The nature of motives
Motive is an inner state that mobilizes bodily energy and directs it in selective fashion toward goals usually located in the external environment. This definition implies that motives involve two major components.
- A mechanism to arouse bodily energy
- A force that provides direction to that bodily energy.
The role of motives
The role of motives is to arouse and direct the behaviour of consumers. The arousal component activates bodily energy so that it can be sued for mental and physical activity. In their directive role, motives have several important functions for guiding behaviour. They are:
(a) Defining basic strivings
(b) Identifying goal objects
(c) Influencing choice criteria
(d) Directing other influences
Since the early 1900s many thousands of motive concepts have been suggested to account for the great diversi8ty of human behaviour. The need to group so many suggestions into a more manageable set of general categories soon became apparent. A variety of classification schemes ranging from the simplified to the complex have been proposed.
A number of classification methods are simplified so that they group motives on the basis of one unique characteristic of interest. Several of particular relevance to understanding consumers are highlighted as follows.
(1) Physiological versus psychogenic
(2) Conscious versus unconscious
(3) Positive versus negative
A comprehensive scheme
Although the above distinctions provide useful perspective, they are limited because only one characteristic serves as the basis of classification. A more comprehensive method using four two-pole motive tendencies has been suggested by McGuire. The relevant distinctions are cognitive/ affective (mental deliberation versus emotional reactions), preservation/ growth (maintenance of equilibrium versus self-development), active/passive (self-initiated action versus reactive tendencies) and internal/ external (achievement of new internal states versus new relationships with environment). These four means of classification are not intended to be mutually exclusive. In fact, when used together they provide an interesting basis for appreciating sixteen major motivational influences on consumer behaviour.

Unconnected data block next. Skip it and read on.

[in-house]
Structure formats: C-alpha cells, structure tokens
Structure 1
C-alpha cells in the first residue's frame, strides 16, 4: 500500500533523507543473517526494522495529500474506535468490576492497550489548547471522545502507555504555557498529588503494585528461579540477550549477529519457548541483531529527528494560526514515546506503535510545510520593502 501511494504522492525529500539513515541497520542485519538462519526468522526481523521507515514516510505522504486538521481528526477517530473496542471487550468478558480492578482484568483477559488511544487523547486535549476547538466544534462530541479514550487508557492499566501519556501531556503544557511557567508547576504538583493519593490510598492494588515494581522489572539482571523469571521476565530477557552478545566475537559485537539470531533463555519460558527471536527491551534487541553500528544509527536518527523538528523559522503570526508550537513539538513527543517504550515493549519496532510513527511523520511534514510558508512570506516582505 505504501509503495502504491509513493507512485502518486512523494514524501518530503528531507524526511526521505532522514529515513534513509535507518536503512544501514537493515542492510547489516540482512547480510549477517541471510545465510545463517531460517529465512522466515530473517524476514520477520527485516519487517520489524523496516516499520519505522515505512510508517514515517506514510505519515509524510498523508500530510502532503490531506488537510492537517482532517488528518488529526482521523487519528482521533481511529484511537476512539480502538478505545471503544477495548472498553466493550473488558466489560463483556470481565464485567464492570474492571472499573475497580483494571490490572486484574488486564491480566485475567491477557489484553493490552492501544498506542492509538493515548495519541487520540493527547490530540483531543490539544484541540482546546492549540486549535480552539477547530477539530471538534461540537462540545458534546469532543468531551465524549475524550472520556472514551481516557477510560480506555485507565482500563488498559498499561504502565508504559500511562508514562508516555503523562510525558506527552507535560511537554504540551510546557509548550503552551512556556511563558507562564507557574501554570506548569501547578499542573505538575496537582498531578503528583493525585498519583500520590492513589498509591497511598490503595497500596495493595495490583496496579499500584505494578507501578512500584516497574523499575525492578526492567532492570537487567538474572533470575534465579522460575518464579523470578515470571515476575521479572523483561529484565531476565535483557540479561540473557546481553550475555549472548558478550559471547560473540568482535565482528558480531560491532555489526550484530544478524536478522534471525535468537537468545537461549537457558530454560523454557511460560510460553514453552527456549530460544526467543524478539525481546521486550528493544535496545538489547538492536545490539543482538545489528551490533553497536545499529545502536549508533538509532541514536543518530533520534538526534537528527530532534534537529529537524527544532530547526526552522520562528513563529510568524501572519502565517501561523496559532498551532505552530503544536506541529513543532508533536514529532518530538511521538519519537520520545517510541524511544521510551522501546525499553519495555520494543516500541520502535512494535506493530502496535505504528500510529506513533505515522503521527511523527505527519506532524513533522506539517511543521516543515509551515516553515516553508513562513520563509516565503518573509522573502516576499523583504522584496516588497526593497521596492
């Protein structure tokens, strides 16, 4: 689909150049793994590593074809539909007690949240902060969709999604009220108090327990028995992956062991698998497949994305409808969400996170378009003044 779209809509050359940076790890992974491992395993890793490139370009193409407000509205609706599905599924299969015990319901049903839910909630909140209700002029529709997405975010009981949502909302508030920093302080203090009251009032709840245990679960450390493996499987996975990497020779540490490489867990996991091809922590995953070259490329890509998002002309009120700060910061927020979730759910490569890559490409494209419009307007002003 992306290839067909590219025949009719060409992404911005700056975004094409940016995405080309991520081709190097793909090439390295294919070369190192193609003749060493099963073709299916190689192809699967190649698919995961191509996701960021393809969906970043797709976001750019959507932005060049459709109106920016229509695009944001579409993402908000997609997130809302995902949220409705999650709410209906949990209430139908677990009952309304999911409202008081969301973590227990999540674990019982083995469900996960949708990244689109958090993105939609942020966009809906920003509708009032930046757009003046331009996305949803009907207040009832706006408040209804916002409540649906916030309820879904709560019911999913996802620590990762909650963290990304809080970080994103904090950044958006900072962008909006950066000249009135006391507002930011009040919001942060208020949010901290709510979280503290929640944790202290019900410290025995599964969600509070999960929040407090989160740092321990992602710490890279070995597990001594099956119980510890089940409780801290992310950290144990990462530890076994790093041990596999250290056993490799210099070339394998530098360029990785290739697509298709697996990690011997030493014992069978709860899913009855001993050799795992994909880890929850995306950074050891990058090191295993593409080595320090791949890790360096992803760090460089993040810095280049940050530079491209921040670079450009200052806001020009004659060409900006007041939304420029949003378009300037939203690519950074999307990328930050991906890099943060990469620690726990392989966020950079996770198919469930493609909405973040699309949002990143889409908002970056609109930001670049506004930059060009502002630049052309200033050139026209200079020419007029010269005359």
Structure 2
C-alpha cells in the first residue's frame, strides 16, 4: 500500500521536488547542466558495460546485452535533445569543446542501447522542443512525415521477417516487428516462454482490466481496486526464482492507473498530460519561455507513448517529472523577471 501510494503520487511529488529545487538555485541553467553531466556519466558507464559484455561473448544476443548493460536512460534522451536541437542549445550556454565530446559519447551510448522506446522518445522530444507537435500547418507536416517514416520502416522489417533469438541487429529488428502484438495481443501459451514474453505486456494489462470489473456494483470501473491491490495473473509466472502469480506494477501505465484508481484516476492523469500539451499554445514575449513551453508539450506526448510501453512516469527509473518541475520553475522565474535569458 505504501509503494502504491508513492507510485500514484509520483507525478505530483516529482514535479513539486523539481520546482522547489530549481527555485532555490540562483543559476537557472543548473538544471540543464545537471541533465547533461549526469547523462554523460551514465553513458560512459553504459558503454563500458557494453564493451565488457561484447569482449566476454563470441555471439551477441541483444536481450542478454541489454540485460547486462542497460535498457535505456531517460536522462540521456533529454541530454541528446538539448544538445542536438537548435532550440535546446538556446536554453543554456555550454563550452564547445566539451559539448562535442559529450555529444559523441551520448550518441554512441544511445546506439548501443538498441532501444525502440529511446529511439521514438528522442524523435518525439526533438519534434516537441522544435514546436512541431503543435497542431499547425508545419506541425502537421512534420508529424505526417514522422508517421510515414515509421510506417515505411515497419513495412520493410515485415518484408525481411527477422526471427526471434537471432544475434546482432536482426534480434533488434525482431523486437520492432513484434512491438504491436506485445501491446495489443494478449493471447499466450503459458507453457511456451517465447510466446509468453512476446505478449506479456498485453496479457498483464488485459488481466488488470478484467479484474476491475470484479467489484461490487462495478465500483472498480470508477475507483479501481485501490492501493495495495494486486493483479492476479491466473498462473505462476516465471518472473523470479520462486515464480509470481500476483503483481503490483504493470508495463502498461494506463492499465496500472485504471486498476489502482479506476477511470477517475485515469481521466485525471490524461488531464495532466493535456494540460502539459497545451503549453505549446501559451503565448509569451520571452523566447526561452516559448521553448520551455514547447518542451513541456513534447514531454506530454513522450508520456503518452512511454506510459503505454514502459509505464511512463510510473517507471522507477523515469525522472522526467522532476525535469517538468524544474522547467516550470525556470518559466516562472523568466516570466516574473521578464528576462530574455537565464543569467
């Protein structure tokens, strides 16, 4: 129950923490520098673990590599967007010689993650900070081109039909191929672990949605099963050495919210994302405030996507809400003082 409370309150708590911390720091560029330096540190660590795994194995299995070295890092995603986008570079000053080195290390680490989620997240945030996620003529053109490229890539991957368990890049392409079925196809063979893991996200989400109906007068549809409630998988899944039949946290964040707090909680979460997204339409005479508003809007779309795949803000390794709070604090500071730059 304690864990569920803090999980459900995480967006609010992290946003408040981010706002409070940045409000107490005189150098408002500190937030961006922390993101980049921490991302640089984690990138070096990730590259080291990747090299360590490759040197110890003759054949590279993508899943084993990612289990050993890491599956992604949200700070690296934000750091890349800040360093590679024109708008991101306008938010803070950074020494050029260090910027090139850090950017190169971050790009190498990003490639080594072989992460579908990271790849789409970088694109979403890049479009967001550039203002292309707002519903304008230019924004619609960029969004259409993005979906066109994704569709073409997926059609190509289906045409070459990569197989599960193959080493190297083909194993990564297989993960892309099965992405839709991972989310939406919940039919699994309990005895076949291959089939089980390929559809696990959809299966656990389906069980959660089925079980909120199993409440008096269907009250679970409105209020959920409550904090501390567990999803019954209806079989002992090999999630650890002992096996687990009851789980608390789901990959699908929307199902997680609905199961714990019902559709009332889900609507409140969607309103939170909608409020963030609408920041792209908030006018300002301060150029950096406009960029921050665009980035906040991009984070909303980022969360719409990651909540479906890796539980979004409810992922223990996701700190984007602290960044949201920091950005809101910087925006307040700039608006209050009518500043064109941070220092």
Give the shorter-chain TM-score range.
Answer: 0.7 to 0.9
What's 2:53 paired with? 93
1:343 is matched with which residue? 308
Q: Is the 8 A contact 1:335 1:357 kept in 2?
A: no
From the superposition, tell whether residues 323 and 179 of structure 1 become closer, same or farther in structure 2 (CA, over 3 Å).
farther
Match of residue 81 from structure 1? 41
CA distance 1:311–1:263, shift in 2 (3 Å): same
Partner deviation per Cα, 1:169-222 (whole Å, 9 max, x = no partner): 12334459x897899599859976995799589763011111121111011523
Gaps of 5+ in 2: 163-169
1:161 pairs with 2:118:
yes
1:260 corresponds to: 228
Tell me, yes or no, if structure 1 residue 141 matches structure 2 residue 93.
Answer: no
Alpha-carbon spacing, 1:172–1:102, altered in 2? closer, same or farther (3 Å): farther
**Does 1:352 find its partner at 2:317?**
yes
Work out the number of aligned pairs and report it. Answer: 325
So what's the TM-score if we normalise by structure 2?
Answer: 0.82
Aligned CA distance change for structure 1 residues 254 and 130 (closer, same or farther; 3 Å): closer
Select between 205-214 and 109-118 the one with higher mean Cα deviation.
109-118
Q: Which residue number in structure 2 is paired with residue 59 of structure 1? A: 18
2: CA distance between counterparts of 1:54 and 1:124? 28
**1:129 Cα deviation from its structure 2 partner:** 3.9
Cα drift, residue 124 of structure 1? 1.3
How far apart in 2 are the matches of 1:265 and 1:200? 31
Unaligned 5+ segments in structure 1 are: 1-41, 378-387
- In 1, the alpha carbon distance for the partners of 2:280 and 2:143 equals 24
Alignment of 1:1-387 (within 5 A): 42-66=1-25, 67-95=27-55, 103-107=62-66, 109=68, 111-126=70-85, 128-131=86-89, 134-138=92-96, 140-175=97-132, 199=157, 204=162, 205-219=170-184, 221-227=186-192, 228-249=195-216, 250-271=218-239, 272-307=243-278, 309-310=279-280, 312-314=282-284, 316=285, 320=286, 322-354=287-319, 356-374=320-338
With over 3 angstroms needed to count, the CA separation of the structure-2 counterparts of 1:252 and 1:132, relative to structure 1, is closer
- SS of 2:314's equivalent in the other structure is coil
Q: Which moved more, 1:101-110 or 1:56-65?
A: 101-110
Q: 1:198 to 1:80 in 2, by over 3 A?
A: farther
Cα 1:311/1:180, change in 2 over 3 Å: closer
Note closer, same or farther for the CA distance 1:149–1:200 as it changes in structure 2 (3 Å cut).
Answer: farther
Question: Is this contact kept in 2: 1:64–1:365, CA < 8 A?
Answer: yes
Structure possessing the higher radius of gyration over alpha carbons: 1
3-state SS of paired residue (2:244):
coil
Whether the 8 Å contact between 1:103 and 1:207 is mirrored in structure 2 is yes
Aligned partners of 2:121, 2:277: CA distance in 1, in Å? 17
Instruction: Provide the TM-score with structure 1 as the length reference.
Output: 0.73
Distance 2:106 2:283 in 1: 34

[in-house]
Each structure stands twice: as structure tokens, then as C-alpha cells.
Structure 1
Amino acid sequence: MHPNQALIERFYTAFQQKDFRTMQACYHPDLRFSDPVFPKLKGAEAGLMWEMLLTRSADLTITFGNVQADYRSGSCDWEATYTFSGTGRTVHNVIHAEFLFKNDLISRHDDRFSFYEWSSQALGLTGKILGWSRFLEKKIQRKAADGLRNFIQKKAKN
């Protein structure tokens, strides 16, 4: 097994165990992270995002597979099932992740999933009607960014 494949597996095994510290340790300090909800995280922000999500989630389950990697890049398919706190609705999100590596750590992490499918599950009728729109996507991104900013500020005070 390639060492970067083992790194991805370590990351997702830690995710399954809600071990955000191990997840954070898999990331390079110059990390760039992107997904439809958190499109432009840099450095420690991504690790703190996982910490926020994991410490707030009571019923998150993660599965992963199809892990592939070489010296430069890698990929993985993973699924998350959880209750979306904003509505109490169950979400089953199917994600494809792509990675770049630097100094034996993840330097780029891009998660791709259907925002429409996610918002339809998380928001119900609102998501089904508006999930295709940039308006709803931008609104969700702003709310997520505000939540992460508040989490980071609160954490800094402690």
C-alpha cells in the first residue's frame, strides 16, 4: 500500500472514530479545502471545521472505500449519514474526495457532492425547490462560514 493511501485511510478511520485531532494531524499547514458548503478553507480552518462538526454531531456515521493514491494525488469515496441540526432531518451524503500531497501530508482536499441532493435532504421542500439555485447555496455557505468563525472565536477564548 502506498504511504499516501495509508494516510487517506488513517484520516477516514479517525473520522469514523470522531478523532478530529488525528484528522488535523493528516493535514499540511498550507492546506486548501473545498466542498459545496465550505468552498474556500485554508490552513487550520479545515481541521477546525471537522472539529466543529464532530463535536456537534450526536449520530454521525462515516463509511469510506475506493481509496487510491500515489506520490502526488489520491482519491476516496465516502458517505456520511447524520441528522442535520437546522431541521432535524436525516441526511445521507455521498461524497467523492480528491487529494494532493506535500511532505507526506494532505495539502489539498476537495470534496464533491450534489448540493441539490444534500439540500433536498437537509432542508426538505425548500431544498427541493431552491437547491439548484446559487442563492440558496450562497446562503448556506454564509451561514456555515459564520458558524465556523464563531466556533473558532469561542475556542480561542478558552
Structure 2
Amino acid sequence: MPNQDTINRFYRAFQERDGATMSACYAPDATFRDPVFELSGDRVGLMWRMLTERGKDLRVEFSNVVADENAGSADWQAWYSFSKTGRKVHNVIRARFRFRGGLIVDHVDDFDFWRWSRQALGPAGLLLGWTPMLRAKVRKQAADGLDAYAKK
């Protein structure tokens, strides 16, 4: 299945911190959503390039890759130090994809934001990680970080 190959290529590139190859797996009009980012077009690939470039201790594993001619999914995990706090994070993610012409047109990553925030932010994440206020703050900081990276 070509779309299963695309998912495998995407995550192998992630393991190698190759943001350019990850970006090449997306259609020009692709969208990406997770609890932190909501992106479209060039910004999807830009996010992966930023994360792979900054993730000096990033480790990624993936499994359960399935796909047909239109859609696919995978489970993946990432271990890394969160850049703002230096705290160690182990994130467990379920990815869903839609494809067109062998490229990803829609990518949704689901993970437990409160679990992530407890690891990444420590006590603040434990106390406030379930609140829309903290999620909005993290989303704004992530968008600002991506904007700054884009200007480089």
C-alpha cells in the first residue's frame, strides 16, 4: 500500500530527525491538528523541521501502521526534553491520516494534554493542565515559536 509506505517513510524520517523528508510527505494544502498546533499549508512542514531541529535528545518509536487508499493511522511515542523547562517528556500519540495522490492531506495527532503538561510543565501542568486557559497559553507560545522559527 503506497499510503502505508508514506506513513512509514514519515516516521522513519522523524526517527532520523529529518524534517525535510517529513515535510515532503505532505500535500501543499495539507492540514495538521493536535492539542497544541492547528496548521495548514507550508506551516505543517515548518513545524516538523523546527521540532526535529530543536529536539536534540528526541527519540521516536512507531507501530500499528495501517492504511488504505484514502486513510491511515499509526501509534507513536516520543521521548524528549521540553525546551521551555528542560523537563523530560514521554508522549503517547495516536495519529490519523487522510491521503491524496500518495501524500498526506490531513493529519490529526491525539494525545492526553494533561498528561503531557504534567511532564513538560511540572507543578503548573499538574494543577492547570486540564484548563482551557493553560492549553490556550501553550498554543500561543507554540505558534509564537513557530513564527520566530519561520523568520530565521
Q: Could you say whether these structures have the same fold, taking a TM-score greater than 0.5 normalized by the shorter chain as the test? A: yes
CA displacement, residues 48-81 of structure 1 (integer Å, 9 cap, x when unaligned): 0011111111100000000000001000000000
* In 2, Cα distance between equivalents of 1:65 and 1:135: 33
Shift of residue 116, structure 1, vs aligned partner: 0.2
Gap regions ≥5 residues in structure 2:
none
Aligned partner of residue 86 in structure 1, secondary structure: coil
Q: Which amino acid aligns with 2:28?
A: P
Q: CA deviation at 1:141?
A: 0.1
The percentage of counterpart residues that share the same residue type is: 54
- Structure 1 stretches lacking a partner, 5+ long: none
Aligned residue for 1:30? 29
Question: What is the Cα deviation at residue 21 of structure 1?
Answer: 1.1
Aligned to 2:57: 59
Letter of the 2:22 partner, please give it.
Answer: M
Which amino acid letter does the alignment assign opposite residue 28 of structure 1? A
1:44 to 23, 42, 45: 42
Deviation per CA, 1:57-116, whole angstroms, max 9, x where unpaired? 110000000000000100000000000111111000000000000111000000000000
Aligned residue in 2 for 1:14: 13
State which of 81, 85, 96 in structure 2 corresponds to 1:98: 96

Motives do not act on consumers in an arbitrary manner. They fit together in a unified pattern. This suggests the existence of a priority scheme or structuring mechanism. The structuring of motives also provides a central theme or organization for the consistence of influence over time.
The concept of a hierarchy underlines many schemes offered to explain the structuring of motive influences. The most influential motive is seen as enjoying the most dominant position in the hierarchy; the second most influential holds the second most dominant position and so on through the entire list. To be useful, the hierarchy concept must also help explain what factors influence the relative ordering of motives.
Maslow’s hierarchy perhaps the most widely known hierarchy was proposed by A. H. Maslow. His schemes classified motives into five groupings and suggested the degree to which each would influence behaviour. Maslow proposed that motives could be classified into five basic categories: physiological, safety, belongingness and love, esteem and self-actualization. He also suggested that these groupings are arranged in ascending order with physiological motives occupying the first position on the hierarchy and self-actualization occupying the last step.
It is convenient to discuss motives separately, as if they influence consumers independently and one at a time. Actually, they often interact, leading to a combined influence or to situations in which they conflict and exert opposing influences on behaviour.
Because motives can differ in how specific they are, it is possible for a linking to occur at various levels of generality. Therefore, achievement of a specific motive can be a means of approaching a more general motive which is viewed as the goal.
It is very important to realize that a given product can satisfy various motives at the same approximate level of specific influence. This results in the bundling or combining of influences on consumers’ decisions.
Motives can also conflict with each other to affect how consumers interact with the marketplace. A major contributor to the topic of motive conflict is Kurt Lewin. He viewed motives as influencing the attracting or repelling forces of goals in the individual’s environment.
In Lewin’s view, conflict is most likely when motives are of approximately equal strength. Three principal cases are possible: approach-approach, avoidance-avoidance and approach-avoidance conflict. Actually, these terms refer to psychological tendencies for attraction or repulsion, not necessarily actual physical movement.
The concept of motivation research has been offered as a means of identifying consumers’ true, underlying purchase motives. The term is typically not used to describe just any type of research on motivational issues. It refers to certain research techniques and to some extent ways of interpreting information about motivation generated by these techniques. Briefly stated, the methods involve disguised and indirect techniques in an attempt to probe consumers’ inner motives without arousing defense mechanisms which can generate misleading results.
In practice, motivation research has yielded provocative and sometimes strange conclusions.